A new study written by scientists Rodrigo Leiva and Mark Bui of the Southwest Research Institute reveals the binary nature of a trans-Neptunian object (TNO). Leiva and Bui used data obtained by the Research and Education Collaborative Network (RECON), a citizen science research work dedicated to observing the outer solar system. The study was published in this month The Astrophysical Journal.
Trans-Neptunian objects (TNOs) are small icy bodies that orbit the sun beyond Neptune. Binary TNOs occur when two of these objects orbit the Sun, orbiting each other. Leiva and Bui discovered two objects in a particularly close gravitational configuration. The pair was detected using a stellar indulgence, which occurs when an object passes between the Earth and a distant star, which hides, or “occult,” the star from the scene. Observers in the path of the object’s shadow can record the star in the blink of an eye and reappear. The length of time that an object blocks the starlight can be used to determine its size.
“In this example, the secret star also turns out to be a binary system. Binary stars are not uncommon and binary objects are not uncommon,” Bui said. “But it is unusual that we have a binary TNO that offends a binary star.”
“What’s interesting and unusual is the characteristics of the object,” Leiva said. “The two components are close enough, just 350 kilometers away. Most binary TNOs are very different, usually 1,000 kilometers or more. This proximity makes it difficult to detect this type of binary TNO in other ways, which is what RECON can accomplish. Was designed for. ”
The discovery of the new TNO was made possible by RECON, a collection of 56 observation stations stretching from Yuma, Arizona, Washington to Orville. The NSF-funded project provides each station with an array of observation equipment, including an 11-inch telescope. High school teachers to operate the stations include Liva, Bui and Fiske Planetarium director Drs. They are trained by John Keller and supervised occult so that they can then teach students how to make the same observations. RECON has seen many students doing research related to their observations in college.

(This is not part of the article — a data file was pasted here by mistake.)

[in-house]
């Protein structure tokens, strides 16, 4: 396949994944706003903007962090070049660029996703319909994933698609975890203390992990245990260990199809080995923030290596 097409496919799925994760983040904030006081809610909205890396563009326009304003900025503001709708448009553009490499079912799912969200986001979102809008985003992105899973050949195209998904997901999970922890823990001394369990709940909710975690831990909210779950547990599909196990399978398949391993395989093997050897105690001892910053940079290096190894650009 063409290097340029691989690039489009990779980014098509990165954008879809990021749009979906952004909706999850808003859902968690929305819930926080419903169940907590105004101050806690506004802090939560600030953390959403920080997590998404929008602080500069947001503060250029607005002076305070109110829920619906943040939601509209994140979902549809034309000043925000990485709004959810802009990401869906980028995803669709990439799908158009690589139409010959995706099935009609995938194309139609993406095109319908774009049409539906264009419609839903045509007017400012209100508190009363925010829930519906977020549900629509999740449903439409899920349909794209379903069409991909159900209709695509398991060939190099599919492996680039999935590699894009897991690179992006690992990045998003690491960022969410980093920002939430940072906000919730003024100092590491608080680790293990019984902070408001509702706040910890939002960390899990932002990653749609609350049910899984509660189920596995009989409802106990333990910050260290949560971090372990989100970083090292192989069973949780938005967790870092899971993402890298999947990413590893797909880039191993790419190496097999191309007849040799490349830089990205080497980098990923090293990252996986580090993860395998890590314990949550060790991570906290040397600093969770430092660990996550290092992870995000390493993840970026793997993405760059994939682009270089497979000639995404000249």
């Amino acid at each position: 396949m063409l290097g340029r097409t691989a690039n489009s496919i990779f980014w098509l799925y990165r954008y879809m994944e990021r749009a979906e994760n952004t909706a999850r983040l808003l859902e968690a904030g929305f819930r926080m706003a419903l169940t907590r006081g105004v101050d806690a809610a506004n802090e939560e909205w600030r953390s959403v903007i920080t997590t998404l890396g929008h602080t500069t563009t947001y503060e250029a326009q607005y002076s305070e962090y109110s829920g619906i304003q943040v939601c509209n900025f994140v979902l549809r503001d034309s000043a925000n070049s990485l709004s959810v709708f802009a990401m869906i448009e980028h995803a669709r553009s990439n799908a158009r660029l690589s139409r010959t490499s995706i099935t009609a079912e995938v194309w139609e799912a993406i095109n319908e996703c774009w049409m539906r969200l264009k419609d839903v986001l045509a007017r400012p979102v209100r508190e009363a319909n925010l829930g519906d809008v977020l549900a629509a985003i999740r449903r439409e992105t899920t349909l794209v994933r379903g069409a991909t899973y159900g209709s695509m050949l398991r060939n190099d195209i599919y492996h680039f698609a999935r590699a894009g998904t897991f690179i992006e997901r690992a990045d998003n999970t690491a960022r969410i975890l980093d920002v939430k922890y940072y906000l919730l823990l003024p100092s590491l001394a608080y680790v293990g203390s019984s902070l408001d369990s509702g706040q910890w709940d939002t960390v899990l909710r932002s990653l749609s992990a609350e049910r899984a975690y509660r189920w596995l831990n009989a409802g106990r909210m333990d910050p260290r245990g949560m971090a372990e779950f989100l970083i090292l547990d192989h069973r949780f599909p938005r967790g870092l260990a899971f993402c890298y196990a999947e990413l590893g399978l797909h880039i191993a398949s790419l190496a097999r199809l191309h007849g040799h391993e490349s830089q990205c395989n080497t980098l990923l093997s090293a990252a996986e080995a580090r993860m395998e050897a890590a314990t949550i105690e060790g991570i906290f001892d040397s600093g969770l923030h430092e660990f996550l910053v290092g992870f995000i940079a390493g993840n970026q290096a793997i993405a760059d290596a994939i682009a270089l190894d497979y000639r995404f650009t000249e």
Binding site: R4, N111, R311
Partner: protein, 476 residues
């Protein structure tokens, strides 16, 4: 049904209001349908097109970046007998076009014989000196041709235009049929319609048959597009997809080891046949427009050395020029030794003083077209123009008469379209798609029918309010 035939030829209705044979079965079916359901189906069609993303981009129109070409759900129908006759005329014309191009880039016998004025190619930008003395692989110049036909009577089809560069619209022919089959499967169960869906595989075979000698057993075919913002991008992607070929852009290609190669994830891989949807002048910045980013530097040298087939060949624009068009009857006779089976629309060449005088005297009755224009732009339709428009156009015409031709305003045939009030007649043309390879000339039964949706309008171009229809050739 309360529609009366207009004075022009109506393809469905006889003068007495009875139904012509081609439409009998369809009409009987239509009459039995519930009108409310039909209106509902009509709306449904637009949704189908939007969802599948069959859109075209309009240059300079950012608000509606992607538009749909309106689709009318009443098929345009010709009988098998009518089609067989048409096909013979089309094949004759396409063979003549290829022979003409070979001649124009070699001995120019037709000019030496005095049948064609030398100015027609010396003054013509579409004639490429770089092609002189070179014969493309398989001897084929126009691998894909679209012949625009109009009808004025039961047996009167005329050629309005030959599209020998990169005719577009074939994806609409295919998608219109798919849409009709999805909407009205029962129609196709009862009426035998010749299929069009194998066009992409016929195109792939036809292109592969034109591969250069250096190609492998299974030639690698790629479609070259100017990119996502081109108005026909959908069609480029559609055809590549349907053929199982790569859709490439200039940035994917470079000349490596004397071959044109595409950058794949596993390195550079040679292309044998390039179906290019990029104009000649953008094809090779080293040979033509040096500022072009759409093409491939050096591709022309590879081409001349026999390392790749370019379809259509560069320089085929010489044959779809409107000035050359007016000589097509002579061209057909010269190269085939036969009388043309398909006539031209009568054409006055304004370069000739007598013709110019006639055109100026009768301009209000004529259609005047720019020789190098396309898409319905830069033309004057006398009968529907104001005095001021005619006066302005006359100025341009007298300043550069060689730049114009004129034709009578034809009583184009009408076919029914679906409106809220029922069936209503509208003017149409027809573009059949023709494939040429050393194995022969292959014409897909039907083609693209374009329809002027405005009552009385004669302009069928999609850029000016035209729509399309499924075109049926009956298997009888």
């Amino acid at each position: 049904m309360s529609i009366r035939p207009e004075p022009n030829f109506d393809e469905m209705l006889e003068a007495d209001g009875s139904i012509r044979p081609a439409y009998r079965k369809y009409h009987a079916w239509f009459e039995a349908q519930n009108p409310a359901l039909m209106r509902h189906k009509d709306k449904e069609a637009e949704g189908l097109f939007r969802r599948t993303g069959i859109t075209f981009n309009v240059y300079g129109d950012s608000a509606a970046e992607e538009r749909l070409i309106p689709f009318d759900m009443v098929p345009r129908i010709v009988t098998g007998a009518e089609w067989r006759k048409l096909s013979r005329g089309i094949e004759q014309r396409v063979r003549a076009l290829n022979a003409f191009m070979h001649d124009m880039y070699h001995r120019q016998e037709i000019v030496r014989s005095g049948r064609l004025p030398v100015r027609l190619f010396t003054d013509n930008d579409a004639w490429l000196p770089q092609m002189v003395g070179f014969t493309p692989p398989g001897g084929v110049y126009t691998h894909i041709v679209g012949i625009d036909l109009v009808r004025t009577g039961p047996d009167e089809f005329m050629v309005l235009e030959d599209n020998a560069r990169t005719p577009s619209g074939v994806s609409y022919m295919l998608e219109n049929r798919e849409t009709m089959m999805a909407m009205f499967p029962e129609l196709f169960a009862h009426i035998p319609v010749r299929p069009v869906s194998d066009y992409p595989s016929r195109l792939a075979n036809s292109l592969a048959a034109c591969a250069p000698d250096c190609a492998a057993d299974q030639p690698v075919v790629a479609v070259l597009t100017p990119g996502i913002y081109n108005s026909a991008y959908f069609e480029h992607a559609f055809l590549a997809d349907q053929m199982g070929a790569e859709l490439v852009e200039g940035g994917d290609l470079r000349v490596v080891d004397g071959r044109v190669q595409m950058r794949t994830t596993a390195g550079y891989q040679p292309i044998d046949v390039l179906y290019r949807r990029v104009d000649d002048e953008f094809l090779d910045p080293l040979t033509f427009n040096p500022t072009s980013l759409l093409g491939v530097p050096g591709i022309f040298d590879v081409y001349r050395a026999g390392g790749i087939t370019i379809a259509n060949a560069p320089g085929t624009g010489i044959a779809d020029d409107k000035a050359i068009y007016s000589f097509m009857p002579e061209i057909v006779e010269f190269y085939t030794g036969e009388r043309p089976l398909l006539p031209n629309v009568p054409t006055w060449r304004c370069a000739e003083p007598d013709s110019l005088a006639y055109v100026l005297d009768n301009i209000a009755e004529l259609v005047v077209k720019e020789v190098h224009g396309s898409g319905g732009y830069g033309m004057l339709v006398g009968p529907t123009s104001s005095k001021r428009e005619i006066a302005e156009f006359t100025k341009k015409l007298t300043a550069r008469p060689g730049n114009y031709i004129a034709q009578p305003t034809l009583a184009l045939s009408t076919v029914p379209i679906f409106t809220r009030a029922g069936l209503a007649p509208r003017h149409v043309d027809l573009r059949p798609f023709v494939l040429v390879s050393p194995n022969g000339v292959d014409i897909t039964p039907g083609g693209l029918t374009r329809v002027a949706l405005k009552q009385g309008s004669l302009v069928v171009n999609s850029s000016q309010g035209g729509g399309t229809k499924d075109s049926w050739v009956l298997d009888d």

“To me this project is citizen science at its best,” Bui said. “They are learning as well as making observations and helping to collect data. If they did not do that, we would not learn about these objects.”
RECON stations are usually placed in small communities along an ideal line, from the southern border of the United States to the observation of stellar indulgence. Eight additional stations were established in Canada in 2018 by partners Leiva and Bui.
Going further, Leiva and Bui may have continued the search for previously unread TNOs, with the aim of finding out whether close binaries are common or unusual in our solar system.
“Most models of the solar system indicate that binaries are very common, especially binaries such as this close,” Leiva said. “If you have an accurate measurement of how common they are, you can fix these models.”
“Our goal is to find out how common binary TNOs are.” “Is this item in a million, or like 90% of them? It is increasing our knowledge to build better models of the solar system.”
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Stellar oscillation, a closed binary TNO, by Rodrigo Leiva et al, Resonant Trans-Neptunian Object (523764) 2014 Well510 The Planetary Science Journal (2020). DOI: 10.3847 / PSJ / abb23d
Provided by Southwest Research Institute
Quotes: The study describes the discovery of a binary trans-Neptunian object (2020, 28 September) retrieved from https://phys.org/news/2020-09-discovery-binary-trans-neptunian.html on 29 September 2020 has been done.
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